Strategy and Sausages:
A British Strategic Planner in Germany
Tuesday, 11 August 2015
Branding like it's 1974
I've recently had the pleasure of viewing What is a brand? presented by Jeremy Bullmore and Stephen King of JWT, London in 1974.
It's well worth looking at, for marketing maestros as well as connoisseurs of culture. The period detail is wonderful, from the graphics and the music, to the mentions of "a pound and a half of nails from the ironmonger", "brown suits" and "Elton John-style glasses." Even the "perfectly ordinary people" answering that old chestnut about what kind of person Brand X would be if it came to life come up with descriptors including "dainty", "bovine", "mini-skirted", "go-ahead" and "catty".
The content of the talk is excellent. The two well-spoken chaps take us through The History of Brands, What makes a Brand Ssuccessful, and The Role of Advertising without needing childish infographics or any other dumbing-down props. Their talk is predictive of the power of retailers (mail order rather than internet in those days) and the emergence of consumerism, including boycott groups. For all the wet-behind-the-ears new marketers out there blabbing on about "empowered consumers" who are "in charge", please ask your elders about what happened to Barclays Bank in the 70s as a result of investing in South Africa.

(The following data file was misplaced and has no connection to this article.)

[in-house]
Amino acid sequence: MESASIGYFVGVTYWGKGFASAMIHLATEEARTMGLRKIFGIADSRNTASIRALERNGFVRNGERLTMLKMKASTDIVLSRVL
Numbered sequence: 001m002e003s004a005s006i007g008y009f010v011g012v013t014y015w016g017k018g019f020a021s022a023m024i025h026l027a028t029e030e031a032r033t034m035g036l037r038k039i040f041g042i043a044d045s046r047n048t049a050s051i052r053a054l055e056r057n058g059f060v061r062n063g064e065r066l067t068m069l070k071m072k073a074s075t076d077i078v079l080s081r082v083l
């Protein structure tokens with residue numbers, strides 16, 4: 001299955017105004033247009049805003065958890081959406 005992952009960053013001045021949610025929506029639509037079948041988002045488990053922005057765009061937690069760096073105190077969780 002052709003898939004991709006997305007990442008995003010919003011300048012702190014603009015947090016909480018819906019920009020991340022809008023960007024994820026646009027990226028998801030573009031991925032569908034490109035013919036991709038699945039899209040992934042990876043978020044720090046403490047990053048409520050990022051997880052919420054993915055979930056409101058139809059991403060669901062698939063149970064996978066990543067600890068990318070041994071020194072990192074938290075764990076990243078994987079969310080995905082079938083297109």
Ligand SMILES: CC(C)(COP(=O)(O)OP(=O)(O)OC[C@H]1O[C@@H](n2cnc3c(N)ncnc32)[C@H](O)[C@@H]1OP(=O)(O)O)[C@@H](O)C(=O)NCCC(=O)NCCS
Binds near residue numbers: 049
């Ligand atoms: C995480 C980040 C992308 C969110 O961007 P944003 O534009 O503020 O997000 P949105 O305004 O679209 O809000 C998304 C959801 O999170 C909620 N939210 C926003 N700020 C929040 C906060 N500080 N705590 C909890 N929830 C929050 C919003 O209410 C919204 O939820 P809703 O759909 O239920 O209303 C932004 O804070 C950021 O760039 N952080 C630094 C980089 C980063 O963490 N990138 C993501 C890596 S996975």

There are also loads of ads - most of them from around the 36 minute mark from brands both classic and vanished - Homepride Bread, Brymay Matches, Ritz Crackers, Winalot, Monopoly, Mr Kipling's Almond Slices, Kodak Instamatic.
The best part of all is the case history from the toilet paper market: Andrex vs. Delsey. Delsey cut their ad expenditure and started discounting while Andrex invested in building a personality through its cute and charming commercials. Andrex, of course, ended up being valued far more despite having similar characteristics to its rival.
When I was little, I wanted to be a spy. I got off to a good start, studying Psychology at Trinity College, Cambridge but somehow got side-tracked into the wonderful world of advertising and marketing.
My children's books: